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"Camels cross the desert" by Melanie Jean Juneau (CatholicMom.com) By David Stanley (2017) via Flickr, CC BY 2.0[/caption] Children teach mothers all about slowing down to cross our own personal desert. I really had to adjust my ways of doing things when I became a mother, and I learned the hard way not to rush my toddlers. Children are not efficient but love to dawdle as they struggle to dress, eat, pick up, or even walk in a straight line. It is a lesson in patience and kindness to stop and smell the flowers, watch an ant, collect leaves, and gather pretty pebbles rather than trying to hustle little ones who are filled with awe and curiosity. It is imperative to our children's development that we learn how to slow down. God also wants us to learn how to slow down as we journey across the desert of our lives into the heart of God.
We enter into solitude first of all to meet our Lord and to be with Him and Him alone. -Henri Nouwen
Our journey through life can be compared to a desert scene.

People Do Not Want to Cross the Desert

We are all standing in a huge, modern, air-conditioned airport, peering anxiously through the plate glass, waiting for a jet plane to fly us to our oasis.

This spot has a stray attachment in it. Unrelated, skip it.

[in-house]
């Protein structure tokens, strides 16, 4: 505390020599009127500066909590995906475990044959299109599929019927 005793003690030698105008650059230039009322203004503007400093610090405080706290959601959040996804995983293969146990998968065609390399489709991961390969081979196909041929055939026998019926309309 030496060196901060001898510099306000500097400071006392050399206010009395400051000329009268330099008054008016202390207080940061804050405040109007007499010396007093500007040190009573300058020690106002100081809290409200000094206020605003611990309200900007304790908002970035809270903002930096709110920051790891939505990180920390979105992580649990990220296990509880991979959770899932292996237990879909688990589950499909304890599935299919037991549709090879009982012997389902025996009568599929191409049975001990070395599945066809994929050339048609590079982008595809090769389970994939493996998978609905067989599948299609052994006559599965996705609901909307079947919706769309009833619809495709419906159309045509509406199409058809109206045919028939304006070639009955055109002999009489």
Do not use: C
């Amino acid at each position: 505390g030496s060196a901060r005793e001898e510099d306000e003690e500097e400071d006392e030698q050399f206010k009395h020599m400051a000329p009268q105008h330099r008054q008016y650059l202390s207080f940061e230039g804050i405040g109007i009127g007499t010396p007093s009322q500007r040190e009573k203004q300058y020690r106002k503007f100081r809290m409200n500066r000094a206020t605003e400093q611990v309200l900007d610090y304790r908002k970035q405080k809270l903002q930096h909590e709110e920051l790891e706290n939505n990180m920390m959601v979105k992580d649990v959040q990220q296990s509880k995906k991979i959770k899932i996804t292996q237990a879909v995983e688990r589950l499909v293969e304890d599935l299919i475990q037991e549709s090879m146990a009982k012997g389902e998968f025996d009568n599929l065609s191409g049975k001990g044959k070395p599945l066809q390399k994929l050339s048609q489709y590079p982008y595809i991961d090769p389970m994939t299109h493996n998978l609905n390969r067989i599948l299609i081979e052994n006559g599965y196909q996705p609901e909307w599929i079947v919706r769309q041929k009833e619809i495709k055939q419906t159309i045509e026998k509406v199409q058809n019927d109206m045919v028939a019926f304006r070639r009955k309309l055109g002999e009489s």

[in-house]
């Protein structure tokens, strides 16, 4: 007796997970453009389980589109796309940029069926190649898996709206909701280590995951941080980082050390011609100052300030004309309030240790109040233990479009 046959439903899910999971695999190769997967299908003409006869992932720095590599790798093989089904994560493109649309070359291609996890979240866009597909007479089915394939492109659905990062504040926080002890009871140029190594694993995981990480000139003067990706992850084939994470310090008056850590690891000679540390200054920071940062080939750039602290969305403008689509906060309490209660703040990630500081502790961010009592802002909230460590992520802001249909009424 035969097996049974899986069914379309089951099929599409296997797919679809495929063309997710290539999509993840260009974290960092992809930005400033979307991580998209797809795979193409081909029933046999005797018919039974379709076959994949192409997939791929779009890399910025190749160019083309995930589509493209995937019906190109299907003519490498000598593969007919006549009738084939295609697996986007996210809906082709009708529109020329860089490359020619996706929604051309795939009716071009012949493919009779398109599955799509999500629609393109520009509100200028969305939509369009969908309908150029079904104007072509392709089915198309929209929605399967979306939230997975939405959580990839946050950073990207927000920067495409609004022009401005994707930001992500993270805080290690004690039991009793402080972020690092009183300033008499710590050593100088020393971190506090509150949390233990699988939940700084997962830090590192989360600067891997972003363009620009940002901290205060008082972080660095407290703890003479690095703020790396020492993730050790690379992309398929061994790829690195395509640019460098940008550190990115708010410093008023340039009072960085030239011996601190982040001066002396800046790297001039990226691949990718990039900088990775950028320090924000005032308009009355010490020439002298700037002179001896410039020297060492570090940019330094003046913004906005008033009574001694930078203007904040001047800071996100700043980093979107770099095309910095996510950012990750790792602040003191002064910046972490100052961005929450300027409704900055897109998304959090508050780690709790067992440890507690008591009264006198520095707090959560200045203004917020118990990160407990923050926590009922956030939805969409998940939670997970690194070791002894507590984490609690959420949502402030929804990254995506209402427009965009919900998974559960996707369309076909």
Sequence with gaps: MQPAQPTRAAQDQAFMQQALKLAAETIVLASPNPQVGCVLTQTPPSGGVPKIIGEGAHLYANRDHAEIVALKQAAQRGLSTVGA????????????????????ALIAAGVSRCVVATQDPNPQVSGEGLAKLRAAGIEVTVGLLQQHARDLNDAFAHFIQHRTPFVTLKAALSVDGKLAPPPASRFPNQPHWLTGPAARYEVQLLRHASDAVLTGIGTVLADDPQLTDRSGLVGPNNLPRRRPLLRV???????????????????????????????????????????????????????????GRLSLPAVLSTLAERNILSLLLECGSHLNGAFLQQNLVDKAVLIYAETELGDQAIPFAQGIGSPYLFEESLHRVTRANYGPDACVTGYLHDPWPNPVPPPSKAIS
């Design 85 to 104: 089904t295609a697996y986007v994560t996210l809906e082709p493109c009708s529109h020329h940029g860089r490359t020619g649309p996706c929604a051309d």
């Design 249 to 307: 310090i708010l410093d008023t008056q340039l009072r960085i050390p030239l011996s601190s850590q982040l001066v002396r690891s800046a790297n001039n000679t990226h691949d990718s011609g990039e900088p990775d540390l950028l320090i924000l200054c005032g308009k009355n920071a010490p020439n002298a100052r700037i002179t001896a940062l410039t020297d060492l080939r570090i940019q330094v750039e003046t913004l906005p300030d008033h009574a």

Although we have paced in the lounge for years, a plane never lands for us, never accepts us as passengers. Meanwhile, God keeps trying to get our attention. He does not use the loudspeakers which pump in distracting music all day. No, He keeps whispering in our hearts that He has a row of camels standing in the hot sun and tied to a fence. There is a placard around each camel's neck with each of our names scrawled across them, waiting to take us through the desert. The desert teaches us how to pray and purifies our souls. Listen to words of wisdom from a Henri Nouwen, a brilliant Dutch priest who studied psychology and taught at Notre Dame, Yale, and Harvard. Father gave up honor and prestige to live and write for ten years with the mentally handicapped in one of Jean Vanier's L'Arche Communities in Richmond Hill, Ontario, Canada.
“We enter into solitude first of all to meet our Lord and to be with Him and Him alone. Only in the context of grace can we face our sin; only in the place of healing do we dare to show our wounds; only with a single-minded attention to Christ can we give up our clinging fears and face our own true nature. Solitude is a place where Christ remodels us in his own image and frees us from the victimizing compulsions of the world.” ― Henri J.M. Nouwen, The Way of the Heart: The Spirituality of the Desert Fathers and Mothers
Let's allow our children to slow us down because they are instruments of God, teaching us the ways of the Lord.

Copyright 2018 Melanie Jean Juneau